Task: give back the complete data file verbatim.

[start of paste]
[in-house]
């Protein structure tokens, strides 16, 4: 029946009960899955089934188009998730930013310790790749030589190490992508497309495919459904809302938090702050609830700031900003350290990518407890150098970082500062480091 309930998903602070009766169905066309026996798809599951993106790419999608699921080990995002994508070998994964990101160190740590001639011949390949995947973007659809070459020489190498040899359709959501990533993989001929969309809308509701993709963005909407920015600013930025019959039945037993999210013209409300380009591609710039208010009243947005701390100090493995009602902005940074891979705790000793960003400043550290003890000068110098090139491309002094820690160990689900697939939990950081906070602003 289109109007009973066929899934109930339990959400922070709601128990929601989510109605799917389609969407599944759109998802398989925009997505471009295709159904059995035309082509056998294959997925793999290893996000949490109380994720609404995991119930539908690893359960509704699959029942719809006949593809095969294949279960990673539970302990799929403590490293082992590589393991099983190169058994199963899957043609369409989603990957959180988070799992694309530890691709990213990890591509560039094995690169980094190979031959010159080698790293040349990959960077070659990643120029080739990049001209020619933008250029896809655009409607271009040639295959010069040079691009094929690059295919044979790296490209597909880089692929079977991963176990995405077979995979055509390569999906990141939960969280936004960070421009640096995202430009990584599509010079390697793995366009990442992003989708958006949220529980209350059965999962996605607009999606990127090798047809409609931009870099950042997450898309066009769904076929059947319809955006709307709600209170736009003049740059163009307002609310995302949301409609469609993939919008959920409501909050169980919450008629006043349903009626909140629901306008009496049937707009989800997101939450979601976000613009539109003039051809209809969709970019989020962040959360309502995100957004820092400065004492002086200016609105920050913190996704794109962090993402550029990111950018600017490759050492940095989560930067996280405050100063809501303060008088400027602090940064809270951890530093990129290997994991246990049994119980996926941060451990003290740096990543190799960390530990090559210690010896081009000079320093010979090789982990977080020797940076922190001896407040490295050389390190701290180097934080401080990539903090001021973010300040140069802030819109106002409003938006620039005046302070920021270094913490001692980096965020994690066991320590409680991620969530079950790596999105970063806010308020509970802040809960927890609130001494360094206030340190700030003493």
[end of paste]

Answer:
[in-house]
């Protein structure tokens, strides 16, 4: 029946009960899955089934188009998730930013310790790749030589190490992508497309495919459904809302938090702050609830700031900003350290990518407890150098970082500062480091 309930998903602070009766169905066309026996798809599951993106790419999608699921080990995002994508070998994964990101160190740590001639011949390949995947973007659809070459020489190498040899359709959501990533993989001929969309809308509701993709963005909407920015600013930025019959039945037993999210013209409300380009591609710039208010009243947005701390100090493995009602902005940074891979705790000793960003400043550290003890000068110098090139491309002094820690160990689900697939939990950081906070602003 289109109007009973066929899934109930339990959400922070709601128990929601989510109605799917389609969407599944759109998802398989925009997505471009295709159904059995035309082509056998294959997925793999290893996000949490109380994720609404995991119930539908690893359960509704699959029942719809006949593809095969294949279960990673539970302990799929403590490293082992590589393991099983190169058994199963899957043609369409989603990957959180988070799992694309530890691709990213990890591509560039094995690169980094190979031959010159080698790293040349990959960077070659990643120029080739990049001209020619933008250029896809655009409607271009040639295959010069040079691009094929690059295919044979790296490209597909880089692929079977991963176990995405077979995979055509390569999906990141939960969280936004960070421009640096995202430009990584599509010079390697793995366009990442992003989708958006949220529980209350059965999962996605607009999606990127090798047809409609931009870099950042997450898309066009769904076929059947319809955006709307709600209170736009003049740059163009307002609310995302949301409609469609993939919008959920409501909050169980919450008629006043349903009626909140629901306008009496049937707009989800997101939450979601976000613009539109003039051809209809969709970019989020962040959360309502995100957004820092400065004492002086200016609105920050913190996704794109962090993402550029990111950018600017490759050492940095989560930067996280405050100063809501303060008088400027602090940064809270951890530093990129290997994991246990049994119980996926941060451990003290740096990543190799960390530990090559210690010896081009000079320093010979090789982990977080020797940076922190001896407040490295050389390190701290180097934080401080990539903090001021973010300040140069802030819109106002409003938006620039005046302070920021270094913490001692980096965020994690066991320590409680991620969530079950790596999105970063806010308020509970802040809960927890609130001494360094206030340190700030003493």